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Leadership in Groups: A Monetary Policy Experiment

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Author Info

  • Alan S. Blinder

    (Princeton University)

  • John Morgan

    (University of California, Berkeley)

Abstract

We measure the relative contribution of the deviation of real activity from its equilibrium (the gap), “supply-shock” variables, and long-horizon inflation forecasts for explaining the U.S. inflation rate in the post-war period. For alternative specifications for the inflation-driving process and measures of inflation and the gap, we reach a similar conclusion: the contribution of changes in long-horizon inflation forecasts dominates that for the gap and supply-shock variables. Put another way, variation in long-horizon inflation forecasts explains the bulk of the movement in realized inflation. Further, we find evidence that long-horizon forecasts have become substantially less volatile over the sample period, suggesting that permanent shocks to the inflation rate have moderated. Finally, we use our preferred specification for the inflation-driving process to compute a history of model-based forecasts of the inflation rate. For both short and long horizons, these forecasts are close to inflation expectations obtained from surveys.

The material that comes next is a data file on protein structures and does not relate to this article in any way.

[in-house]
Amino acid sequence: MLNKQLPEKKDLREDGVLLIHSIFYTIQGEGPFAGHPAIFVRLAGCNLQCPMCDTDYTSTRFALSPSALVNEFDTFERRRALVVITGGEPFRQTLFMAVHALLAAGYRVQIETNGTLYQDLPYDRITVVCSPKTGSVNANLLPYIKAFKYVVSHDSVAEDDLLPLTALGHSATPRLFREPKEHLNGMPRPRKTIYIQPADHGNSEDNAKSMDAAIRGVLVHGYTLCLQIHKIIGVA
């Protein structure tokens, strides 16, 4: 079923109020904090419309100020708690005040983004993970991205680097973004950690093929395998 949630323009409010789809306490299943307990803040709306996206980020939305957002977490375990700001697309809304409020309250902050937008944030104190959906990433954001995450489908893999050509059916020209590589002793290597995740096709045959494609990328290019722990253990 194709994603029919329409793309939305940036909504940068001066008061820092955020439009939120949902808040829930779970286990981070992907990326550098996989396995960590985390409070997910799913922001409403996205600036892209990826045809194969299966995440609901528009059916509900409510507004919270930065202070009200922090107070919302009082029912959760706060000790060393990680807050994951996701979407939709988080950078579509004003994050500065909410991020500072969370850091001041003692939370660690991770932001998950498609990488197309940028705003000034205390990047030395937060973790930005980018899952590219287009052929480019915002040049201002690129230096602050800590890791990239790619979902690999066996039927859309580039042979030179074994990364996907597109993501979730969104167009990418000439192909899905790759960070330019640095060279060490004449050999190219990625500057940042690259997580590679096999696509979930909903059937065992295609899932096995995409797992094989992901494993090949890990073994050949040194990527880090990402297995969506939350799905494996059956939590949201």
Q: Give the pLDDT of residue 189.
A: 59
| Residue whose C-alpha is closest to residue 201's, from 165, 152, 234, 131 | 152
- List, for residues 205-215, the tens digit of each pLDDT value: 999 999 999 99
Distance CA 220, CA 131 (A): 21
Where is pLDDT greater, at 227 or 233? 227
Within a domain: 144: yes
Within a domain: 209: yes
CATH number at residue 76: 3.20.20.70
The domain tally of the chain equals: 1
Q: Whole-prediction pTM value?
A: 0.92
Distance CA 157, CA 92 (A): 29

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Bibliographic Info

Article provided by International Journal of Central Banking in its journal International Journal of Central Banking.

Volume (Year): 4 (2008)
Issue (Month): 4 (December)
Pages: 117-150

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Handle: RePEc:ijc:ijcjou:y:2008:q:4:a:4

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References

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  1. Clare Lombardelli & James Proudman & James Talbot, 2005. "Committees Versus Individuals: An Experimental Analysis of Monetary Policy Decision-Making," International Journal of Central Banking, International Journal of Central Banking, vol. 1(1), May.
  2. Anne Sibert, 2006. "Central Banking by Committee," International Finance, Wiley Blackwell, vol. 9(2), pages 145-168, 08.
  3. White, Halbert, 1980. "A Heteroskedasticity-Consistent Covariance Matrix Estimator and a Direct Test for Heteroskedasticity," Econometrica, Econometric Society, vol. 48(4), pages 817-38, May.
  4. Szilárd Erhart & Jose Luis Vasquez-Paz, 2007. "Optimal Monetary Policy Committee Size: Theory and Cross Country Evidence," Kiel Advanced Studies Working Papers 439, Kiel Institute for the World Economy.
  5. Glenn D. Rudebusch, 1999. "Is the Fed too timid? Monetary policy in an uncertain world," Working Papers in Applied Economic Theory 99-05, Federal Reserve Bank of San Francisco.
  6. Werner Güth & M. Vittoria Levati & Matthias Sutter & Eline van der Heijden, 2004. "Leadership and cooperation in public goods experiments," Papers on Strategic Interaction 2004-29, Max Planck Institute of Economics, Strategic Interaction Group.